ACT News

Winnunga Nimmityjah Aboriginal Health Service to target obesity in 2016

An obesity clinic will be introduced to Canberra's primary Aboriginal health service next year in an attempt to stem weight problems and diabetes rates in the community.

Winnunga Nimmityjah Aboriginal Health Service will launch the clinic as part of a strategy to encourage patients to adopt healthier eating practices.

Winnunga Nimmityjah Aboriginal Health Services chief executive Julie Tongs said many clients faced comorbidity, or ...
Winnunga Nimmityjah Aboriginal Health Services chief executive Julie Tongs said many clients faced comorbidity, or mental health issues combined with weight, alcohol or drug problems. Photo: Elesa Kurtz

During the last financial year, dietitian and diabetes educator visits made up 563 of the 2108 allied health consultations at Winnunga, while another 1261 visits were made to the smoking cessation and healthy lifestyle officer.

Chief executive Julie Tongs said targeting obesity and nutrition was not a simple process, with many clients suffering comorbidity, or weight gain combined with mental health issues.

"There might not just be mental health, but also cases of alcohol or drug addiction," she said.

Ms Tongs said low-nutrient fast foods were often a more attractive option for many people who were both time-poor and on low incomes.


The service's awareness programs and obesity clinic would cater for people of all ages, with a particular focus on children to encourage healthy eating habits early.

"Sometimes it's easier to eat takeaway or fast food, and often cheaper, but we have to get out the message that you have to think about nutrition and vegies," she said.

"For us, it's about preventing the kids from getting [the health problems] in the first place. We know we've got to manage the cases we've already got, but we also need to try and prevent it at that age."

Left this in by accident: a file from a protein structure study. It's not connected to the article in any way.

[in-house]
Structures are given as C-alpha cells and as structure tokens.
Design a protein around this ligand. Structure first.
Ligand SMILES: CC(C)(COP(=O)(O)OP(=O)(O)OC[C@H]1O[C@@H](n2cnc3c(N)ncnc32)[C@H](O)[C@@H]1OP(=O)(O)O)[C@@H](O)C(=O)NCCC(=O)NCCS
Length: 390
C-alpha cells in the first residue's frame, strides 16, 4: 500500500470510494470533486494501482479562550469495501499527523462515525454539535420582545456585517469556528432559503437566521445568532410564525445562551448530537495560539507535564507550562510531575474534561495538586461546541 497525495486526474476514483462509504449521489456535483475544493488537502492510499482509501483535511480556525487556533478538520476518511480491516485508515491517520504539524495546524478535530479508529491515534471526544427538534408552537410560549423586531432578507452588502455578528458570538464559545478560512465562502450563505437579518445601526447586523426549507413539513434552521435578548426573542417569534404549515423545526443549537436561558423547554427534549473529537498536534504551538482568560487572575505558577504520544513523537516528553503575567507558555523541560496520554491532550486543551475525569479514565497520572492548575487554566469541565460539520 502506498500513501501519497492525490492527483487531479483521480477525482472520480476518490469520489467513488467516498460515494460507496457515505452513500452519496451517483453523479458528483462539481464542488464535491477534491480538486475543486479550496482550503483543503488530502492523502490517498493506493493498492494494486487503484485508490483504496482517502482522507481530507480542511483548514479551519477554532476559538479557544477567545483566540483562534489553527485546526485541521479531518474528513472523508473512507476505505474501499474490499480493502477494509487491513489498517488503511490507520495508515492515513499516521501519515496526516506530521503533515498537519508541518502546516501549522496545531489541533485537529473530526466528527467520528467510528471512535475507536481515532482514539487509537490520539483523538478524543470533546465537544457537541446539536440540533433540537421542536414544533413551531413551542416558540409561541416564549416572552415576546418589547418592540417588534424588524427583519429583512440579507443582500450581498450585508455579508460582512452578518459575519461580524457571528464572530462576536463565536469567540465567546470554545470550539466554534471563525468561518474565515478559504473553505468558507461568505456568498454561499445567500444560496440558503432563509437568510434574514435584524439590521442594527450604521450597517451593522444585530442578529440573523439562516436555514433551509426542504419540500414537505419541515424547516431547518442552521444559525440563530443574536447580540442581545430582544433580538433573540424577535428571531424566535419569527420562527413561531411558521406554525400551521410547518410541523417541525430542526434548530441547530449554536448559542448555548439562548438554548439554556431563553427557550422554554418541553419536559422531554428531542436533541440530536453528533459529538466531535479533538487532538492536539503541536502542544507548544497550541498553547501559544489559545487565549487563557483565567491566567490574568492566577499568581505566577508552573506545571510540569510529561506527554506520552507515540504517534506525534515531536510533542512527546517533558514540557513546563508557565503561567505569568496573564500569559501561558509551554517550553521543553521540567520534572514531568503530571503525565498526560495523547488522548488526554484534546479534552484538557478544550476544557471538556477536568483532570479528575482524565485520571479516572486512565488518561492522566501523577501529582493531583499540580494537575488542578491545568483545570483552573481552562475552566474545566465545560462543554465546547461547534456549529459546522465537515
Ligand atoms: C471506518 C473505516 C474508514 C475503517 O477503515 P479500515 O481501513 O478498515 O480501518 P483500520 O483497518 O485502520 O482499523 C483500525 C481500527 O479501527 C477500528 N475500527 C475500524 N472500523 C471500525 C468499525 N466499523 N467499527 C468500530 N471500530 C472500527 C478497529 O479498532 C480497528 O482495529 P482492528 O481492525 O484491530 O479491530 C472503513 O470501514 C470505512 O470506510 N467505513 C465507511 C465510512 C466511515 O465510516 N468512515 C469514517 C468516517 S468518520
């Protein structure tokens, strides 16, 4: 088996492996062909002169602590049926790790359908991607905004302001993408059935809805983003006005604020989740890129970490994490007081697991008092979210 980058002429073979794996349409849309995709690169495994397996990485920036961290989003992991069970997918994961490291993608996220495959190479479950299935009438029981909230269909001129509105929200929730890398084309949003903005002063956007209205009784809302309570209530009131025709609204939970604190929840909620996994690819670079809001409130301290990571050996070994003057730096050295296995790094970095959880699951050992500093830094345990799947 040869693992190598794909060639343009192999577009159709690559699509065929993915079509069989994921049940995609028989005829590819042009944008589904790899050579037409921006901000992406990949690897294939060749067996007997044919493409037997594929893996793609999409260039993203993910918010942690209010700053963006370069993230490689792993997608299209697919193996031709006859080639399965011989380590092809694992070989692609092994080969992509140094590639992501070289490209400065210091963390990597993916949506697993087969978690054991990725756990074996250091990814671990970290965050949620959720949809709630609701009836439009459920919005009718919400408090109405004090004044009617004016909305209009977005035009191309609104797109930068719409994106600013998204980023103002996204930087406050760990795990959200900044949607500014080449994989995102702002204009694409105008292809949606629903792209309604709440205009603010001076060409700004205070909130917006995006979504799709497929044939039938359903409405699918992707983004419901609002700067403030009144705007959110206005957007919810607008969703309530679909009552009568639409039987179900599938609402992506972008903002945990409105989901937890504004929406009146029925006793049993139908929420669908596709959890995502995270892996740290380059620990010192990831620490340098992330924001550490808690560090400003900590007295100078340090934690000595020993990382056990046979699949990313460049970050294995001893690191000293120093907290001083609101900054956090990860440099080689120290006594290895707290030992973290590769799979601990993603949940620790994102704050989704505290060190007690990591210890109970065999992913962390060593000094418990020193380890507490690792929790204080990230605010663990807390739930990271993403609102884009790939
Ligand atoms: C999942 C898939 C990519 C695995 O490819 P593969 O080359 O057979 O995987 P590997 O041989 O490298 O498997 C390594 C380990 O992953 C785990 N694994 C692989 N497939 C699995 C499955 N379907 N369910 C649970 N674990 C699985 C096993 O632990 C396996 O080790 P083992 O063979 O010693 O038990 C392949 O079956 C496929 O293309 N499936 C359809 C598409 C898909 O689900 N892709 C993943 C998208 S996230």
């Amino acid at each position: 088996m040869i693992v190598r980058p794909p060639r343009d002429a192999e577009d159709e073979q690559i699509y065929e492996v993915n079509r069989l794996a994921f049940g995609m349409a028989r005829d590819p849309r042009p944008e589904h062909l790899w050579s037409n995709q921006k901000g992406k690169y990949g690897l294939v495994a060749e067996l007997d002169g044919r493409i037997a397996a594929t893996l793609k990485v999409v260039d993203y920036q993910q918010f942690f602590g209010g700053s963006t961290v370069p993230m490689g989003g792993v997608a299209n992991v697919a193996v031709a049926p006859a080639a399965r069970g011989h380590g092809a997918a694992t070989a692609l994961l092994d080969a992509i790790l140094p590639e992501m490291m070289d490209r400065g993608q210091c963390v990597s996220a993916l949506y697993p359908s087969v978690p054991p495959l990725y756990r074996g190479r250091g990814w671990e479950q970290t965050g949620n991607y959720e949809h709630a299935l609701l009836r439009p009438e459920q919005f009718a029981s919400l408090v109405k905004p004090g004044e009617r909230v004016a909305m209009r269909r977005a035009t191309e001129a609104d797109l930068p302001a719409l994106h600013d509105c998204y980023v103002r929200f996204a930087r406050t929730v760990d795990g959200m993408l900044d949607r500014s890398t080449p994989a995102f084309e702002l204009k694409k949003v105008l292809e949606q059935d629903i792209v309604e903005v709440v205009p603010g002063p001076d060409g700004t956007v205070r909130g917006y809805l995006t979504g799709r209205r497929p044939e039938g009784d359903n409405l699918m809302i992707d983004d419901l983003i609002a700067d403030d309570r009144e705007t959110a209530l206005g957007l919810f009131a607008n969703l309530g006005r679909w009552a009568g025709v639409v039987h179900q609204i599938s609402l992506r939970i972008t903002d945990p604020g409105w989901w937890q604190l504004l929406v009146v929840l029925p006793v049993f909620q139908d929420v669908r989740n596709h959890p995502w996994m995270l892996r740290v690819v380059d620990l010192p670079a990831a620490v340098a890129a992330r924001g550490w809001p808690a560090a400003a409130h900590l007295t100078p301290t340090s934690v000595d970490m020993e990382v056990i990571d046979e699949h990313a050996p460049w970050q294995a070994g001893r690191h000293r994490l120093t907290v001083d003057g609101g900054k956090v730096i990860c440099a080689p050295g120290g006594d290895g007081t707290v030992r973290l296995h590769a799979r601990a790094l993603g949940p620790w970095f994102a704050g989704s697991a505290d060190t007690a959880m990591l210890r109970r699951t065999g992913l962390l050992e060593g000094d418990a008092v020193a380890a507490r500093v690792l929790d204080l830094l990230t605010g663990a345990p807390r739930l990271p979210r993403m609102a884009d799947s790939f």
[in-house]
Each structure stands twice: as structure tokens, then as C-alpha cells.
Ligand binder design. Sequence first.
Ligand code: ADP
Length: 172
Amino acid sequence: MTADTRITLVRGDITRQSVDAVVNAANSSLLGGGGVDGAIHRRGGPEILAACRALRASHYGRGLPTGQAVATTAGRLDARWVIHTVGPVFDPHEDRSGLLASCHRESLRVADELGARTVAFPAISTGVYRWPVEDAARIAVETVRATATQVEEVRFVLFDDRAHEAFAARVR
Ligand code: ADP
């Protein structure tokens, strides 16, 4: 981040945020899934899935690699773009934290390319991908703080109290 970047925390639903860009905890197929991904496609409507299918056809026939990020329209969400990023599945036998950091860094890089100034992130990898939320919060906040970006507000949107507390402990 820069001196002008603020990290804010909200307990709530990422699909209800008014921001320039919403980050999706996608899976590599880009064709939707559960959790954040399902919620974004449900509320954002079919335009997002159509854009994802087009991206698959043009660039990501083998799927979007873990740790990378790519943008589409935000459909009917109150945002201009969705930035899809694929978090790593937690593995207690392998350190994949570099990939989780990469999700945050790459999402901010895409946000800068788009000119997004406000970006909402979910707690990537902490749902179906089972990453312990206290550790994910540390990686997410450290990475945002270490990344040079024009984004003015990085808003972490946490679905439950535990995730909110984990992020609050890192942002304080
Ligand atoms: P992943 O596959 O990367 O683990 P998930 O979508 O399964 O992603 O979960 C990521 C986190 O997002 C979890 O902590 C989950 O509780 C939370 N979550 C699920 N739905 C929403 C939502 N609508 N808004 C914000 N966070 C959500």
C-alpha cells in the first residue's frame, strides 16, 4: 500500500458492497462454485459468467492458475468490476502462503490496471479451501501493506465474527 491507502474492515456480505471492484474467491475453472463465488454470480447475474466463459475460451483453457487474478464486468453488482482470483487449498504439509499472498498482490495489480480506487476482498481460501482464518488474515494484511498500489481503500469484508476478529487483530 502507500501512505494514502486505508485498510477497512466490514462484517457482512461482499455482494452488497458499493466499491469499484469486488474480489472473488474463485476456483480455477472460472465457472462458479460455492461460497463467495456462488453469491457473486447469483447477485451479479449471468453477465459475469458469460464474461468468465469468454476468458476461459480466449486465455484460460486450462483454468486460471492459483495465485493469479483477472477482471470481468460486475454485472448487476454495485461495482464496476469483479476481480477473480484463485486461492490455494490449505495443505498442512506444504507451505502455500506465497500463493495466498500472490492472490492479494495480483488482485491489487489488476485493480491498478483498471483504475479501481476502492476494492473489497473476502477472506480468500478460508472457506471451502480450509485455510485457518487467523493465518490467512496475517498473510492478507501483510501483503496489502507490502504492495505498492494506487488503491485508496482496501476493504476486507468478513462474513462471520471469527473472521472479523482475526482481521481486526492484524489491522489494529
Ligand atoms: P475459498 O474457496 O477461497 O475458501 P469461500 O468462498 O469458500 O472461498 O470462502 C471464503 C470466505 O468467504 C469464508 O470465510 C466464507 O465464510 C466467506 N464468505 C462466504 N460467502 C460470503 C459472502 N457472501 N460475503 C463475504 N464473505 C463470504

This year was a tough for Winnunga, losing board members and long-term Aboriginal health advocates Aunty Judy Harris and Mary Buckskin.

A major restructure also saw the service replace their medical staff with full-time GPs after years of a part-time doctor roster.

Ms Tongs said the change had caused some consternation among patients, but the reform had been planned for three years, with the management considering having full-time GPs up to 18 years ago.

"There were some big decisions that the board and I made, and some of the decisions were made three years ago," she said.

"It's been a fairly challenging year."

The service continues to grow despite the challenges, however, with Winnunga posting a $385,160 surplus in the 2014-15 financial year, up from $214,924 in 2013-14.

There were a total of 46,882 consultations and encounters with clients during the last financial year, 3000 more than in the year before, with 80 per cent of clients were Aboriginal or Torres Strait Islanders.

Ms Tongs said the service was not exclusively for Aboriginals, but that its association with the community helped build trust and ownership.

She said liaising and breaking down barriers with police and other groups would also be an essential part of the service's work in 2016.

"[The police are] really keen for our people to see them in a positive light, and so am I, because I want to see better [futures] for our kids, and the sooner we break down the barrier, we can start to build trust."